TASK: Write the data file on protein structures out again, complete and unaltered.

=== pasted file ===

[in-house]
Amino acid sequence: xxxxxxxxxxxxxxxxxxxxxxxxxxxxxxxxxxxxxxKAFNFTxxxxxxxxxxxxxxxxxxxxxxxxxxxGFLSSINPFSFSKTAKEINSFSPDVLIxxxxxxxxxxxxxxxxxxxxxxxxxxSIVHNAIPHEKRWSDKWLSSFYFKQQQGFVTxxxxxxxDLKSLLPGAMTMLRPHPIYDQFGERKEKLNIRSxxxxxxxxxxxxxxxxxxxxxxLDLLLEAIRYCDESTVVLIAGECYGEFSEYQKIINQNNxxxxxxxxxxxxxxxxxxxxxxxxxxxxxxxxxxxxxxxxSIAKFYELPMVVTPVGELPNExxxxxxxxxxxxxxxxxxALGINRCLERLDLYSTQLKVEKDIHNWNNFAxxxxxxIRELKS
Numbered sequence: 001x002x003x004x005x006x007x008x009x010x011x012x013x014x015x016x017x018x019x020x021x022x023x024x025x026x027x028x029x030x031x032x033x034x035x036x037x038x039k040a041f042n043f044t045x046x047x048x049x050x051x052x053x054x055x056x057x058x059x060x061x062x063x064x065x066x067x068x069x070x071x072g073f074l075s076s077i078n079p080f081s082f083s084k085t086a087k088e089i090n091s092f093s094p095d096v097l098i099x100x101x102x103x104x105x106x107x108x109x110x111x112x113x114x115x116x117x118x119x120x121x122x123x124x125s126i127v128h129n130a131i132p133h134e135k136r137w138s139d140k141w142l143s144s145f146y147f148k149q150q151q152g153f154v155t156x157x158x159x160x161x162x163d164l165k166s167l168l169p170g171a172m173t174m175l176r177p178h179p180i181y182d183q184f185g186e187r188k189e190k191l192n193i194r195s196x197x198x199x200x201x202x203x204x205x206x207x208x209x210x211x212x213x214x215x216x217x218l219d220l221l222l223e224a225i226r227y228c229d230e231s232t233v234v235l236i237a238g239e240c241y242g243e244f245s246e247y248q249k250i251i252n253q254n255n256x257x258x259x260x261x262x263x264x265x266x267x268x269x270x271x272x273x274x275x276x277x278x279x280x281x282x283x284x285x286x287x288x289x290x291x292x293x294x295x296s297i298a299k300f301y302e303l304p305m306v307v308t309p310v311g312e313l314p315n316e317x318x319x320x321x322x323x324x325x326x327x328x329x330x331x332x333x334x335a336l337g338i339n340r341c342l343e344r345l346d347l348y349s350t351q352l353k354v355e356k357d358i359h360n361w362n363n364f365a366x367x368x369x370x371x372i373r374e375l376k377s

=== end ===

[in-house]
Amino acid sequence: xxxxxxxxxxxxxxxxxxxxxxxxxxxxxxxxxxxxxxKAFNFTxxxxxxxxxxxxxxxxxxxxxxxxxxxGFLSSINPFSFSKTAKEINSFSPDVLIxxxxxxxxxxxxxxxxxxxxxxxxxxSIVHNAIPHEKRWSDKWLSSFYFKQQQGFVTxxxxxxxDLKSLLPGAMTMLRPHPIYDQFGERKEKLNIRSxxxxxxxxxxxxxxxxxxxxxxLDLLLEAIRYCDESTVVLIAGECYGEFSEYQKIINQNNxxxxxxxxxxxxxxxxxxxxxxxxxxxxxxxxxxxxxxxxSIAKFYELPMVVTPVGELPNExxxxxxxxxxxxxxxxxxALGINRCLERLDLYSTQLKVEKDIHNWNNFAxxxxxxIRELKS
Numbered sequence: 001x002x003x004x005x006x007x008x009x010x011x012x013x014x015x016x017x018x019x020x021x022x023x024x025x026x027x028x029x030x031x032x033x034x035x036x037x038x039k040a041f042n043f044t045x046x047x048x049x050x051x052x053x054x055x056x057x058x059x060x061x062x063x064x065x066x067x068x069x070x071x072g073f074l075s076s077i078n079p080f081s082f083s084k085t086a087k088e089i090n091s092f093s094p095d096v097l098i099x100x101x102x103x104x105x106x107x108x109x110x111x112x113x114x115x116x117x118x119x120x121x122x123x124x125s126i127v128h129n130a131i132p133h134e135k136r137w138s139d140k141w142l143s144s145f146y147f148k149q150q151q152g153f154v155t156x157x158x159x160x161x162x163d164l165k166s167l168l169p170g171a172m173t174m175l176r177p178h179p180i181y182d183q184f185g186e187r188k189e190k191l192n193i194r195s196x197x198x199x200x201x202x203x204x205x206x207x208x209x210x211x212x213x214x215x216x217x218l219d220l221l222l223e224a225i226r227y228c229d230e231s232t233v234v235l236i237a238g239e240c241y242g243e244f245s246e247y248q249k250i251i252n253q254n255n256x257x258x259x260x261x262x263x264x265x266x267x268x269x270x271x272x273x274x275x276x277x278x279x280x281x282x283x284x285x286x287x288x289x290x291x292x293x294x295x296s297i298a299k300f301y302e303l304p305m306v307v308t309p310v311g312e313l314p315n316e317x318x319x320x321x322x323x324x325x326x327x328x329x330x331x332x333x334x335a336l337g338i339n340r341c342l343e344r345l346d347l348y349s350t351q352l353k354v355e356k357d358i359h360n361w362n363n364f365a366x367x368x369x370x371x372i373r374e375l376k377s